Unit Test Tip: No Conditional Logic in a Test Case

I thought I’d share my response to this e-mail from a colleague:

I find myself having huge arguments with someone at work about how to write unit tests. In particular, things like having ifs and loops in tests. I am wondering if you could send me resources about the format of writing unit tests.

The definitive resource is xUnit Test Patterns: Refactoring Test Code by Gerard Meszaros. I’ve often used the book to influence people: if you don’t agree right now I will club you with this book that I’m holding. Kidding.

Most of the book is online. In the part of the book that describes test smells, Meszaros calls out Conditional Test Logic as a code test smell. There is a section of the Result Verification chapter that describes how to Avoid Conditional Test Logic.

I prefer to write test code that is straight line code: no conditional logic whatsoever. I suggest you adopt this guideline and see how it works for you. I would be interested in seeing any of your tests where you felt that conditional logic was needed.

2 Comments

SteveJune 28th, 2011 at 12:40 pm

Hi, I’ve had a look at the website and I am very interested in continuing to read about it (no clubbing required :)).

At the moment I am looking at using Python for some development and for learning better ways to create unit tests. On this page I have found an example I wonder how you would do without a loop: http://diveintopython.org/unit_testing/testing_for_success.html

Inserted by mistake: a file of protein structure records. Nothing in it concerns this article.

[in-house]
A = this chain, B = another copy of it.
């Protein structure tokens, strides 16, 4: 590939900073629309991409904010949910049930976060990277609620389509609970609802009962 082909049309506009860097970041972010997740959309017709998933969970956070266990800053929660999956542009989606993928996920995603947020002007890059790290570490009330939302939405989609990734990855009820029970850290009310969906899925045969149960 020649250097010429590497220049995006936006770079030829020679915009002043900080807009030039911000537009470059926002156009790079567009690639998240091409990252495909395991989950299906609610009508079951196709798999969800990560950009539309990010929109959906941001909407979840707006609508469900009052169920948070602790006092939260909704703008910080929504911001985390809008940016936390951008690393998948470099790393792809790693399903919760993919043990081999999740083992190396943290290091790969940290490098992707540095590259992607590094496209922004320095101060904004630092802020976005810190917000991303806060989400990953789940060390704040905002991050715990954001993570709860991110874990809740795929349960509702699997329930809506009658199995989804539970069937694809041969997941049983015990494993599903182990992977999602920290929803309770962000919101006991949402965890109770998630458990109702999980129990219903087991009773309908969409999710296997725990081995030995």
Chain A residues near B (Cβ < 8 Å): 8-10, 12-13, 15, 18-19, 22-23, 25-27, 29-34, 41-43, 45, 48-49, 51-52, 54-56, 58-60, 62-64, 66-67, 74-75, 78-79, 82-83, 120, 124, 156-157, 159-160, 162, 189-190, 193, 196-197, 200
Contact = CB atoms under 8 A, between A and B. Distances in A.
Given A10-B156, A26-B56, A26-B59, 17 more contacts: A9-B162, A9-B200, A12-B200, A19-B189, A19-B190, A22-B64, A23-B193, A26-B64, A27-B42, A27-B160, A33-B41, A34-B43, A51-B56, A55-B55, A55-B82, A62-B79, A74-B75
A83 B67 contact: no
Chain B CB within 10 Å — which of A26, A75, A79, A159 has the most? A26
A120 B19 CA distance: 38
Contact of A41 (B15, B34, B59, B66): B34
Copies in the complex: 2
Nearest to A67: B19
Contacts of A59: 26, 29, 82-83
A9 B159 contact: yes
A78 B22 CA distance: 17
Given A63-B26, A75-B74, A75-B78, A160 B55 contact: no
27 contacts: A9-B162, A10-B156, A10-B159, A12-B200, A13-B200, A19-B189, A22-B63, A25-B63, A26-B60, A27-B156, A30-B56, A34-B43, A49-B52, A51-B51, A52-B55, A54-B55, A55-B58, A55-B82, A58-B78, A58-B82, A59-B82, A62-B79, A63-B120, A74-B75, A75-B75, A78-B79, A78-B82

I suppose you could use list comprehension, but that’s basically a loop anyway.

What do you think?

Alistair McKinnellJuly 4th, 2011 at 3:26 pm

Steve, thank you for a great example of when it is okay have conditional logic in a test.

In your Python example, a loop is used to create a parameterized test. That is, a test that uses the same test method with different data sets.

I’m fine with this use of conditional logic in test code. I can read the test and be confident that I understand of how the test works.

I still believe that in most cases you want to avoid conditional logic in tests.

Whenever a test fails, I want to spend my time looking for the cause of the failure in the production code rather than wondering whether the failure is due to a logic error in the test code itself.

So what causes conditional logic to show up in test code? In my experience, it is due to complex test fixture setup or complex interaction with collaborators.

I use test data builders to tame complex test fixture setup and mocking to tame complex interaction with collaborators.

If I find that my test remains complex, I have a strong clue that I need to rework the design of my production code. I start by looking for these code smells: long parameter list, feature envy, data clumps, primitive obsession, and message chains.

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